South America, Bolivia, Santa Cruz, northern part of Caparu Meseta, Noel Kempff Mercado National Park, on Rio Paucerna
Arco Iris Falls, Cataratas Arcoiris (Rainbow Falls)
UNESCO World Heritage status:
"Noel Kempff Mercado National Park", 2000, No.967
circa 50 m
Rio Paucerna (Pausema)
There exists a prototype of Arthur Conan Doyle's "Lost world" - Caparu Meseta in Bolivia. The most beautiful location in this fantastic place is an enormous waterfall - Arcoiris Falls.
Arcoiris Catarata (Rainbow Falls in Spanish) is a very special waterfall - at a certain moment in the afternoon it is adorned with a bright rainbow above the falls - hence the name of falls.
This waterfall is located in a dramatic ravine of Rio Paucerna - one of the largest streams on the enormous Caparu tableland. The 88 m tall Arcoiris Falls are the first major falls at the rim of plateau - 6 km further down the stream are the spectacular 25 - 45 m tall Frederico Ahlfeld Falls.
Much closer - just in the opposite side of the valley along the steep cliffside is sliding another waterfall - Cola de Caballo.
Arcoiris falls are located in a jagged, jungle covered ravine, which makes here several sharp turns.
In the dry season of the year there is less water in falls and becomes visible another phenomenon - the water is falling over countless smaller steps of quartzite.
Caparu Meseta (Caparuh Meseta, Ricardo Franco Hills, Serrania de Huanchaca, Huanchaca Plateau) is an unique tableland. For most part it is delimited with vertical cliff walls, which are up to 300 m high. This plateau is some 155 km long in north - south direction and up to 55 km wide, area is approximately 3,000 km². It consists of Pre-Cambrian sandstone and quartzite rocks, which are more than 1,000 million years old.
Meseta has extremely high biological diversity. On the plateau have developed several kinds of rare ecosystems, including a unique dry forest - the largest virgin Cerrado forest in the world.
Discovery of Fawcett
The legendary explorer Percy Fawcett most likely was the first European who reached this tableland in 1908. He was very impressed by the sight of this flat topped plateau rising high above the jungle. These jagged walls continued for many kilometres. Fawcett and his team ascended the plateau and were wandering on the northern part of it, experiencing many unusual events.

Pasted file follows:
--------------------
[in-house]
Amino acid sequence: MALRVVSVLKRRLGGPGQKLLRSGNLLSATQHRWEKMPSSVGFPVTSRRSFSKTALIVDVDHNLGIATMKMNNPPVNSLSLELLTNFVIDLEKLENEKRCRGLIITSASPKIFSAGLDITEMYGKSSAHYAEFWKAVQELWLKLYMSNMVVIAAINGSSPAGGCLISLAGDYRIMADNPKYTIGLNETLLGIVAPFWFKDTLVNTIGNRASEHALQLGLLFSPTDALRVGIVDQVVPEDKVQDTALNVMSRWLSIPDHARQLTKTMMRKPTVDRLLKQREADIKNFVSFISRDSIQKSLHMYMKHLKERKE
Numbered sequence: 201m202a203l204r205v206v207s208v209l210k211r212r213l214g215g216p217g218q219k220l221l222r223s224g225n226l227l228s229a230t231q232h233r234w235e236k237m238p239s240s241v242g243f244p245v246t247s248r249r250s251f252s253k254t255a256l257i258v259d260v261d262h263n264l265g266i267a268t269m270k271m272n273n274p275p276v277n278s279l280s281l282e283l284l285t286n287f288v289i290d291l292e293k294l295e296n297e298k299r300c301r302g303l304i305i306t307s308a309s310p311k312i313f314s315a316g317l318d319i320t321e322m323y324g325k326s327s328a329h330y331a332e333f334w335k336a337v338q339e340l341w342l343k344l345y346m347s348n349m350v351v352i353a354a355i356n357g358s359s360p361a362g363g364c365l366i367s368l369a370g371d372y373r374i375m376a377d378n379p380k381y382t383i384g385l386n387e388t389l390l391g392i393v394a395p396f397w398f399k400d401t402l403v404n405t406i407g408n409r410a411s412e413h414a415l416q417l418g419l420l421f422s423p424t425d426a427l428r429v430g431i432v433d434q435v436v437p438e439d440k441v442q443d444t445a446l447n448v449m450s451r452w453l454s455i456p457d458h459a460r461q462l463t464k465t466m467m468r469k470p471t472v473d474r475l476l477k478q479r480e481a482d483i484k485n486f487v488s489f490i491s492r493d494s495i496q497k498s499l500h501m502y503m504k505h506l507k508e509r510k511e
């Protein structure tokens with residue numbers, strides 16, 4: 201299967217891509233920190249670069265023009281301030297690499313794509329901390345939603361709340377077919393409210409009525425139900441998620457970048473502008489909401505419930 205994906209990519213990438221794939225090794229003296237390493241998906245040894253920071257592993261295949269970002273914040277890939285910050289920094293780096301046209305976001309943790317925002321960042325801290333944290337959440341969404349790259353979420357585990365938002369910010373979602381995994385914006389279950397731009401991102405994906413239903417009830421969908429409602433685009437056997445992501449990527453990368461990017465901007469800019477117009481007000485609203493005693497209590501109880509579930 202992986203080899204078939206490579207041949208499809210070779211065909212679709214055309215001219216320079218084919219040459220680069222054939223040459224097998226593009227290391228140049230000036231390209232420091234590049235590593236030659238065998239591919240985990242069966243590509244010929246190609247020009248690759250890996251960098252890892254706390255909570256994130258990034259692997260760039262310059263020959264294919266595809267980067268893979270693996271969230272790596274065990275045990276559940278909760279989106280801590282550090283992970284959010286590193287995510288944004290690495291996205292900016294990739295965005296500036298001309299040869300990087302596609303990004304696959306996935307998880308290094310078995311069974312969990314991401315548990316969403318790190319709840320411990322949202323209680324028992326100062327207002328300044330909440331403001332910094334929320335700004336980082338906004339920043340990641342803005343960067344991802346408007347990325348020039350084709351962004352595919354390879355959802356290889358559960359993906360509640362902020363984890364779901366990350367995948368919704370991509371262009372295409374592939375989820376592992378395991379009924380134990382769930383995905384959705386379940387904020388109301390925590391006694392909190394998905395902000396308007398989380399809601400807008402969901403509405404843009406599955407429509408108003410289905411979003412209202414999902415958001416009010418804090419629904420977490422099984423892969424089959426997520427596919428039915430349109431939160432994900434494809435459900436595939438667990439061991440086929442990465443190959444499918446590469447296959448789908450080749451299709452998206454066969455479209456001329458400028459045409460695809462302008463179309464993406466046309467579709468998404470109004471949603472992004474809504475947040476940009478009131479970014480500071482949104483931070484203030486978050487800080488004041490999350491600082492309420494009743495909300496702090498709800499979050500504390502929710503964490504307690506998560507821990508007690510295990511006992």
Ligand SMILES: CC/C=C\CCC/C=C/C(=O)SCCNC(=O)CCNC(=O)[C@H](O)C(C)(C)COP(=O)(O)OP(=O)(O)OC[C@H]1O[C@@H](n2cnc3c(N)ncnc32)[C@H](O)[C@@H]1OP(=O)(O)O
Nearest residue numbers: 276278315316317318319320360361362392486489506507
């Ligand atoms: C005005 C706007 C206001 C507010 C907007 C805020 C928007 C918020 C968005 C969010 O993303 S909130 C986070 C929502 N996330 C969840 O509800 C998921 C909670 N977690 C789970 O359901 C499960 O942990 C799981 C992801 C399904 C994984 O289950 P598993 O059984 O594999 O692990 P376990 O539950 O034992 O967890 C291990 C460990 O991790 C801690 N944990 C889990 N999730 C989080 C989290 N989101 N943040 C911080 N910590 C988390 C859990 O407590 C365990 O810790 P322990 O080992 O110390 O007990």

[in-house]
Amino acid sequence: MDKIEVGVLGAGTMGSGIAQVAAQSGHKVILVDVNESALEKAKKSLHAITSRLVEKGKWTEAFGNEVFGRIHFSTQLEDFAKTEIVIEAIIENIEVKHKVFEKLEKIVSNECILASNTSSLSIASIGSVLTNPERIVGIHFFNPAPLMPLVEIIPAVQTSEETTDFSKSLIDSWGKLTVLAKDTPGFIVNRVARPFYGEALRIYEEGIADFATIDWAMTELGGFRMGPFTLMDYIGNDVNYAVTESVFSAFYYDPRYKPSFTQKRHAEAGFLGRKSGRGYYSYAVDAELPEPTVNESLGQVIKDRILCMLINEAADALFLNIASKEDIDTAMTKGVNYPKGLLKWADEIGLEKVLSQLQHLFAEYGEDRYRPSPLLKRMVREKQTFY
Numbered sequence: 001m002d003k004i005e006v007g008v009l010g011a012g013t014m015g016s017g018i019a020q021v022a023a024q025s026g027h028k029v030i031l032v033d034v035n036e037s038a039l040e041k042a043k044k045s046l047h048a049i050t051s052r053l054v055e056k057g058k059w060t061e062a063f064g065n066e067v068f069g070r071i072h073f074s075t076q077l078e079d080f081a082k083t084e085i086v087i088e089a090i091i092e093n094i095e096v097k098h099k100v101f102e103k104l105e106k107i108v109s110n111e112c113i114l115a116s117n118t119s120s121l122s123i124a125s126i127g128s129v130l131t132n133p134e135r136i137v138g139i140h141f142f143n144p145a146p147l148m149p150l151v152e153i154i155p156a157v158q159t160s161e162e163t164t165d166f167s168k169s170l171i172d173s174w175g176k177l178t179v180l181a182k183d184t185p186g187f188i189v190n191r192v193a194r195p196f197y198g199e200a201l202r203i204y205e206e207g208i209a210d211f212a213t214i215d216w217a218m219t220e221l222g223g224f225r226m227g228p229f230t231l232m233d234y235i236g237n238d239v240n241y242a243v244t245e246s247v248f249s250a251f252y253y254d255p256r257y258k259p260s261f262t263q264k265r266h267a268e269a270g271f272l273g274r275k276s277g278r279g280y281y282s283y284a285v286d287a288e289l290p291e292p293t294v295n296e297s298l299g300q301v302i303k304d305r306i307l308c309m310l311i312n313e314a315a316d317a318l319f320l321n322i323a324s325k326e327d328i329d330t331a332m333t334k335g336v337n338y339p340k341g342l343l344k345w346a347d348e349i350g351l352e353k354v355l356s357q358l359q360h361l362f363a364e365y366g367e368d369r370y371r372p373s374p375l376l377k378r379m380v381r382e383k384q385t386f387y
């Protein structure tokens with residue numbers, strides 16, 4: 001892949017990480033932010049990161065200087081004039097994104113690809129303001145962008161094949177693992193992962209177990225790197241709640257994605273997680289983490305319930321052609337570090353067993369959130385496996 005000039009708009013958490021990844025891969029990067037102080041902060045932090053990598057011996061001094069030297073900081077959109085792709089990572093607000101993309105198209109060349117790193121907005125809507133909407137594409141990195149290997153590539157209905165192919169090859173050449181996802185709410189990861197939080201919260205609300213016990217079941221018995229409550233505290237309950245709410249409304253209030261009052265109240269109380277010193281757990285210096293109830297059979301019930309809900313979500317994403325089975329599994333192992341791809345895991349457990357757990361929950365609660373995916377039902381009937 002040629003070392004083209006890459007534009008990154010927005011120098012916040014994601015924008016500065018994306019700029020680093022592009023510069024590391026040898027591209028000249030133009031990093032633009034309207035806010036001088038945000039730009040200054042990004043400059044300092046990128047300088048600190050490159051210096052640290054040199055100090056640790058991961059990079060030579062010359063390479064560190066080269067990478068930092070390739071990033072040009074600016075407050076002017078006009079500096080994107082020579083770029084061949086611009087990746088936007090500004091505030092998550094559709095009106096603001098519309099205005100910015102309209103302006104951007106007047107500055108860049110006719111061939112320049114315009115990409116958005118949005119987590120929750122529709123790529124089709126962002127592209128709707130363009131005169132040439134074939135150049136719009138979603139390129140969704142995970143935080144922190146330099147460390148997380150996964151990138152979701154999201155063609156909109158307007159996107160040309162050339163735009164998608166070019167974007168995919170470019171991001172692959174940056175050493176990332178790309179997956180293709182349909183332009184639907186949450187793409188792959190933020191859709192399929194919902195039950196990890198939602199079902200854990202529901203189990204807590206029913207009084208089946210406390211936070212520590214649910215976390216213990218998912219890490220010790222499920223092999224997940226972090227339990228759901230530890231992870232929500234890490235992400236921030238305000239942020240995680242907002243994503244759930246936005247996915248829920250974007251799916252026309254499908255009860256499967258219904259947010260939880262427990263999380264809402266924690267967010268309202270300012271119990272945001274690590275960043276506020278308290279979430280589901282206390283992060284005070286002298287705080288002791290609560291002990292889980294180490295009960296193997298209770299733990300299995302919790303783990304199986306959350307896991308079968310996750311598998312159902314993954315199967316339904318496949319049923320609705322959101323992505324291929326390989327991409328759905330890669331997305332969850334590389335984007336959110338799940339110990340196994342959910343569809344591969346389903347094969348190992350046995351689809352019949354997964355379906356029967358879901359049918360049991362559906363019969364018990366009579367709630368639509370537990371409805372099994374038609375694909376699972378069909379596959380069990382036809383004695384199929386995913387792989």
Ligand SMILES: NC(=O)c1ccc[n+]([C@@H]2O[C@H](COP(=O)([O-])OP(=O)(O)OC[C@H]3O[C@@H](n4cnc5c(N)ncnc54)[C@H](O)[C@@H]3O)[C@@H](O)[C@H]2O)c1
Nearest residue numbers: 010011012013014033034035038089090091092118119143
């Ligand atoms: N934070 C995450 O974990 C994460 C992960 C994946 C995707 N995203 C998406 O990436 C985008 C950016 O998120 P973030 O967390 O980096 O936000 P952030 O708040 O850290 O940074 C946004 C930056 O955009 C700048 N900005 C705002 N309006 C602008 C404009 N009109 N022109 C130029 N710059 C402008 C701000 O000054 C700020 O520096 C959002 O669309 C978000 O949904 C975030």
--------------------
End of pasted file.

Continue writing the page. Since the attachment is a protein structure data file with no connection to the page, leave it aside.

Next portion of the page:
The story of Fawcett in Royal Geographic Society in 1911 left an impression on one of listeners - Sir Arthur Conan Doyle. He was inspired to create the novel "The Lost World" (1912) about an expedition to a similar plateau and discovery of living dinosaurs and other amazing creatures there. Later this inspiration has been erroneously attributed to another location in South America - the magnificent Mount Roraima, but Fawcett has not been travelling there.
Noel Kempff Mercado
One more legendary personality linked to this beautiful place is Doctor Noel Kempff Mercado (1924 - 1986) - the pioneer of nature conservation movement in Bolivia.
He - an outstanding researcher and environmental activist - arrived with collegues Juan Cochamanidis, Vicente Castelló and Franklin Browne on Caparu Meseta in September 1986, and occasionally landed on an airstrip of a cocaine factory "Huanchaca" and they were killed (Vicente Castelló escaped). They planned to visit the falls during this expedition.
This event shocked the society of Bolivia and more active fight against drug cartels started, although the case was not solved.
National park was established in this area in 1979 and initially it was named - Parque Nacional Huancacha. Park was renamed in 1988 to commemorate the deceased Dr. Mercado.
This unique natural monument became a World Heritage site in 2000. The area of national park currently is 1 583 810 ha.
Park can be entered only from two locations and entrance here is restricted. Trip to waterfalls takes much time and effort and often tourists prefer to pay more for airplane trip. Tourists can visit the falls in the dry season of the year - in November - May.